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Helicobacter pylori and gastroesophageal reflux disease

Kandulski, Arne; Malfertheiner, Peter

Current Opinion in Gastroenterology: July 2014 - Volume 30 - Issue 4 - p 402–407
doi: 10.1097/MOG.0000000000000085
ESOPHAGUS: Edited by Stuart J. Spechler
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Purpose of review The purpose of the review is to discuss key studies conducted on the intriguing relationship between Helicobacter pylori and gastroesophageal reflux disease.

Recent findings Epidemiological studies have repeatedly described a negative association between H. pylori infection and erosive esophagitis, Barrett's esophagus, and esophageal adenocarcinoma, but not between H. pylori and gastroesophageal reflux disease symptoms. Especially, infection with CagA-positive strains appears to protect the distal esophagus by causing fundic gland atrophy and impaired gastric acid secretion. Although earlier reports suggested the development of erosive esophagitis after H. pylori eradication, more recent studies discuss that H. pylori eradication usually does not have an important clinical impact on gastroesophageal reflux disease.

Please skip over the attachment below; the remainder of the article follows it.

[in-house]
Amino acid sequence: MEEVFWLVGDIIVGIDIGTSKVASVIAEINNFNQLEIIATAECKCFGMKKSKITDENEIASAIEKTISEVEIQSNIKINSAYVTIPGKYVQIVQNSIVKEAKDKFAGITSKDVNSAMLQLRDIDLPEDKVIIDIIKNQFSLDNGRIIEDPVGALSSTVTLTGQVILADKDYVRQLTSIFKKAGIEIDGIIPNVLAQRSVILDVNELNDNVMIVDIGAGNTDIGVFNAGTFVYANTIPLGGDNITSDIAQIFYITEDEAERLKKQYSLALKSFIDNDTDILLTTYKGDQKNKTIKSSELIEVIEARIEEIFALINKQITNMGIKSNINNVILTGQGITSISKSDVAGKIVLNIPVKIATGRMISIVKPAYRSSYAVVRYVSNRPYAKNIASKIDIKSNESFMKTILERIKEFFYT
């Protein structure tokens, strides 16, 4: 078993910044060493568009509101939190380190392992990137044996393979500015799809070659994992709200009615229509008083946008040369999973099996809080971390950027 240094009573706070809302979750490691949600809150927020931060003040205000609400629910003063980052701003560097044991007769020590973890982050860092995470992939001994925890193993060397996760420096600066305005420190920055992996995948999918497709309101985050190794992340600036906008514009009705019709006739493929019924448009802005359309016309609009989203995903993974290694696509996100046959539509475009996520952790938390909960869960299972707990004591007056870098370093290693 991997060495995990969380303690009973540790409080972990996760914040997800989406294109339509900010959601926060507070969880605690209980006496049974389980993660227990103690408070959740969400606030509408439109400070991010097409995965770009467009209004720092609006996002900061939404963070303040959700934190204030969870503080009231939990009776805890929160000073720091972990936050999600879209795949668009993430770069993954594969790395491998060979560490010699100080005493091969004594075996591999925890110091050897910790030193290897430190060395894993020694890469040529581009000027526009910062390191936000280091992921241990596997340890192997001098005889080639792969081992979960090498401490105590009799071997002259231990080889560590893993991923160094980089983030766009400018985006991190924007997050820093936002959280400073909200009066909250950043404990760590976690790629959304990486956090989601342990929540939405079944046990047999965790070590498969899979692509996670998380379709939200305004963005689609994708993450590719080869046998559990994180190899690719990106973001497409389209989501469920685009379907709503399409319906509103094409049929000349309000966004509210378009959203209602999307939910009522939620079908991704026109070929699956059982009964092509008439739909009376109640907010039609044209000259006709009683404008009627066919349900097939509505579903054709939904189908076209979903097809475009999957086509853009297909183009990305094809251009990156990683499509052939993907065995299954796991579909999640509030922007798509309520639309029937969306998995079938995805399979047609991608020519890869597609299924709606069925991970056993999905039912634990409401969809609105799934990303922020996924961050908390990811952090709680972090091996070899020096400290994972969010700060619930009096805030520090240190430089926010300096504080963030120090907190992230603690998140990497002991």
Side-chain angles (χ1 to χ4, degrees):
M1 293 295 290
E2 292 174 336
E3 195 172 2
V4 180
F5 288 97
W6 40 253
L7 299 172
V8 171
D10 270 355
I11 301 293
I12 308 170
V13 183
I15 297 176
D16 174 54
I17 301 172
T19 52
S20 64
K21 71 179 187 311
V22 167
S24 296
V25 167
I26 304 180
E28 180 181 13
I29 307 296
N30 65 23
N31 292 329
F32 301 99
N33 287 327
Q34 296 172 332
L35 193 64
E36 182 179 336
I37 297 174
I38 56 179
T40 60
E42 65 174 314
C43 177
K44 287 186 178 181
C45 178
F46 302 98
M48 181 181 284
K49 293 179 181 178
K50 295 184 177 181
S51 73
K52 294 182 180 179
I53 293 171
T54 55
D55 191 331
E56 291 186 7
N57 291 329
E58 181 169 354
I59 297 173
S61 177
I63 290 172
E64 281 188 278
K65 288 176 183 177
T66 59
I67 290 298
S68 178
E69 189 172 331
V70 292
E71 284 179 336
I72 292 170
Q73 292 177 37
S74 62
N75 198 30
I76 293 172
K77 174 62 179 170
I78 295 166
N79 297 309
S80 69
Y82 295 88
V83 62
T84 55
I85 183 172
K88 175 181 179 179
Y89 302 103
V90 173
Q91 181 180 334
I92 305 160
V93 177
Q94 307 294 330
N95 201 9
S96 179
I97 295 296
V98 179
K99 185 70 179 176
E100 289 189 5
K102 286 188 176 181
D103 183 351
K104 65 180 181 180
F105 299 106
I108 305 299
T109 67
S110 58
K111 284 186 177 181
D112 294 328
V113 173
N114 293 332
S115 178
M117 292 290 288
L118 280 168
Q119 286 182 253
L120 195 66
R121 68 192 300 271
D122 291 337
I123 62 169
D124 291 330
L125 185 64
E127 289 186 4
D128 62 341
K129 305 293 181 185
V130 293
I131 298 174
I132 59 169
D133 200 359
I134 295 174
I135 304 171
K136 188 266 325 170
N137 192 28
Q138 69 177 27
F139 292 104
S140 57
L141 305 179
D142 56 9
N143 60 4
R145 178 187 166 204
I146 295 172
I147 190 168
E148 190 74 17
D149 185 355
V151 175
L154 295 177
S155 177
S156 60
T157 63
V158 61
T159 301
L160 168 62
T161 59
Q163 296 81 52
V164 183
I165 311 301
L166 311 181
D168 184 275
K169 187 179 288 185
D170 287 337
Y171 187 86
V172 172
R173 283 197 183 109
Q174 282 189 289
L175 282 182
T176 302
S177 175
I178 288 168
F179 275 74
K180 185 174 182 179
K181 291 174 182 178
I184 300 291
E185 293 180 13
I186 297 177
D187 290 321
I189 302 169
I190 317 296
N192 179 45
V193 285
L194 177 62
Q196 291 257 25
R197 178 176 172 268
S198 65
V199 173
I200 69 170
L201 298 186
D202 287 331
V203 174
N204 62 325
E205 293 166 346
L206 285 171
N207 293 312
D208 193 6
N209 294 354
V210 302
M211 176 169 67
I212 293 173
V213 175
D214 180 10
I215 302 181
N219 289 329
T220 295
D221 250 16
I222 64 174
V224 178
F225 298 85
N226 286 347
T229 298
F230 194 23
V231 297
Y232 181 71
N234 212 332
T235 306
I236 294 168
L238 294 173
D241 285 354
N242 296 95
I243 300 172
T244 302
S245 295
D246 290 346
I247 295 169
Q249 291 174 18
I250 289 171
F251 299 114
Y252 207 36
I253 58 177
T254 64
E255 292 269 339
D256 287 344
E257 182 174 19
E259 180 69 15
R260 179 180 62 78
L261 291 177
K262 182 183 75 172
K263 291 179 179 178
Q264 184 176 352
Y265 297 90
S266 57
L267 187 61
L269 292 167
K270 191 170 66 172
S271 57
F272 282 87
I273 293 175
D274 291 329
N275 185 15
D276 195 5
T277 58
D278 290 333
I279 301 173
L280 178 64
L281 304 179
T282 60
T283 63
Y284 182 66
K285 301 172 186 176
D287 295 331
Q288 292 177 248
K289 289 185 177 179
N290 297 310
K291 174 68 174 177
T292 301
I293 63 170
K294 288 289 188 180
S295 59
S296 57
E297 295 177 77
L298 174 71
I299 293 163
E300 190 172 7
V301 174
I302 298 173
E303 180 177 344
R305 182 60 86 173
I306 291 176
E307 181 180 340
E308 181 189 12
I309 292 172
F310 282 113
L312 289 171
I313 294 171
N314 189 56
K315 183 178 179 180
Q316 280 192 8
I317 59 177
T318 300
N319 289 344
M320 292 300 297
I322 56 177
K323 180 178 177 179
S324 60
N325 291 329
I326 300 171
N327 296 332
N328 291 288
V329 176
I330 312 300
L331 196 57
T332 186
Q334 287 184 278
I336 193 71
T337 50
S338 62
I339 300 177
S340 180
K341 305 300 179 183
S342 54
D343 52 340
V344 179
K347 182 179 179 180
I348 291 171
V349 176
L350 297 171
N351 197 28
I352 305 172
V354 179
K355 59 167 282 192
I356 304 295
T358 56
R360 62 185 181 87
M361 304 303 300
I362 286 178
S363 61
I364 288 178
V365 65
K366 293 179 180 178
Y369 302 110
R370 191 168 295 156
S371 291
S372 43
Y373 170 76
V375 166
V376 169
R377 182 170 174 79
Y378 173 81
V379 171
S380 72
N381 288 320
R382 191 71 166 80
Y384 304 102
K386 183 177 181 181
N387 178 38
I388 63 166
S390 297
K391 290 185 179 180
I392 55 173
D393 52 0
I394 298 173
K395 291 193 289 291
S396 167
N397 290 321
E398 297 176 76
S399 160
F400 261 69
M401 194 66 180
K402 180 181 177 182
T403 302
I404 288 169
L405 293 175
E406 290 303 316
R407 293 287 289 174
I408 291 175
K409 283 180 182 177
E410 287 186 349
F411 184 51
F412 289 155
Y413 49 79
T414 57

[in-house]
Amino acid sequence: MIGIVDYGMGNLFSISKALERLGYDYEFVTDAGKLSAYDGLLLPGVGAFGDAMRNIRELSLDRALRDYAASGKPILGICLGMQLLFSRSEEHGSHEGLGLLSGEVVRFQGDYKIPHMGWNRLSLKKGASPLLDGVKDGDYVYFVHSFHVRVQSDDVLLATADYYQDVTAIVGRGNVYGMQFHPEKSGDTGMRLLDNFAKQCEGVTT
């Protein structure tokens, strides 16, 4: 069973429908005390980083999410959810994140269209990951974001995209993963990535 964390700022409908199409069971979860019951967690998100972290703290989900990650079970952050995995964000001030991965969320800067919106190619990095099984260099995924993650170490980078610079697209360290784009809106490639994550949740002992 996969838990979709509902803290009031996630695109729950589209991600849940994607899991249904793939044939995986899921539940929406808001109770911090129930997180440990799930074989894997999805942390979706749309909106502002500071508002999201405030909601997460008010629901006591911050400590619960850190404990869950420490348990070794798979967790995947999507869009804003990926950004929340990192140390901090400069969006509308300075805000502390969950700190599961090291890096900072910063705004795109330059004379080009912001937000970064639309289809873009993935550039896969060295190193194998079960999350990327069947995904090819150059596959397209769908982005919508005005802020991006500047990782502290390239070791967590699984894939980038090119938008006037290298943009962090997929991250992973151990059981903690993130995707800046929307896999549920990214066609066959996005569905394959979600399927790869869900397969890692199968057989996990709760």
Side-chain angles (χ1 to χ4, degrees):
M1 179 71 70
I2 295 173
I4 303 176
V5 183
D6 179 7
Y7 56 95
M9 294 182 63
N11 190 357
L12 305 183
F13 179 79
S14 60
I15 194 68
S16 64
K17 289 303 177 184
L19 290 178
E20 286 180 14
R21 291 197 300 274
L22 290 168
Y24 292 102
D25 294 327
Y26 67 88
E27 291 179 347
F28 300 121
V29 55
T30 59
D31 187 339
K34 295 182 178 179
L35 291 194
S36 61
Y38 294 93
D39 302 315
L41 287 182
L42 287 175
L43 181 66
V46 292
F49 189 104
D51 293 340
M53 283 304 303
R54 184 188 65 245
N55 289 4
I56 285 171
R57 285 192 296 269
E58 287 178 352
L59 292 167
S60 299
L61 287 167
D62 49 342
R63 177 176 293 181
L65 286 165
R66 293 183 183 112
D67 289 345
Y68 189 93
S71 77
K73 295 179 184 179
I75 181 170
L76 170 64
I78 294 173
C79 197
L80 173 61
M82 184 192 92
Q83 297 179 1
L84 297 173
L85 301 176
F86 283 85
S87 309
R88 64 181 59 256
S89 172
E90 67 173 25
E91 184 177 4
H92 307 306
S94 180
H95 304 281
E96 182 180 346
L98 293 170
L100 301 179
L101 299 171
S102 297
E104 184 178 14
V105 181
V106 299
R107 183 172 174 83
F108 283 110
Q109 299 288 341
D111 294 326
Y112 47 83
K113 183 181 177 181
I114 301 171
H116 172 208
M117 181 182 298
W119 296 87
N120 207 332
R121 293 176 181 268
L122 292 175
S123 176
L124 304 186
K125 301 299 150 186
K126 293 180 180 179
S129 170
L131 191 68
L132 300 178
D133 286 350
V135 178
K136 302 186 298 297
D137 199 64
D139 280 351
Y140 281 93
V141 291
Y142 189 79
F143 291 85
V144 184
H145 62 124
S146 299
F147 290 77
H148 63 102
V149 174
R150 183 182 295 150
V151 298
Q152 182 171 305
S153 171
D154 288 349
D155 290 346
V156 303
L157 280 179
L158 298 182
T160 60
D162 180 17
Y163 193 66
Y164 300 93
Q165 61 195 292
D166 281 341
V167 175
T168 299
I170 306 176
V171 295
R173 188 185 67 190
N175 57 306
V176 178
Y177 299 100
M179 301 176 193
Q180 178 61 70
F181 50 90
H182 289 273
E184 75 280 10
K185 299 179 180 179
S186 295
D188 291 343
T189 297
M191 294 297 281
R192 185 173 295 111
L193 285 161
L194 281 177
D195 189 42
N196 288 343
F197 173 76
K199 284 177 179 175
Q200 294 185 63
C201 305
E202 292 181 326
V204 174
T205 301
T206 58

Summary Gastric atrophy is the most widely accepted mechanism by which the distal esophagus is protected from abnormal acid exposure in patients with H. pylori infection. The clinical impact of H. pylori infection on the prevalence of erosive esophagitis and Barrett's esophagus remains a matter of debate. In areas with a high prevalence of H. pylori-induced atrophic gastritis, the protection that this infection may afford against gastroesophageal reflux disease is not comparable to the risk that H. pylori poses for the development of gastric cancer.

Department of Gastroenterology, Hepatology and Infectious Diseases, Otto-von-Guericke University Magdeburg, Magdeburg, Germany

Correspondence to Peter Malfertheiner, MD, Professor, Department of Gastroenterology, Hepatology and Infectious Diseases, Otto-von-Guericke University Magdeburg, Leipziger Str. 44, 39120 Magdeburg, Germany. Tel: +49 391 6713100; fax: +49 391 6713105; e-mail: peter.malfertheiner@med.ovgu.de

© 2014 Wolters Kluwer Health | Lippincott Williams & Wilkins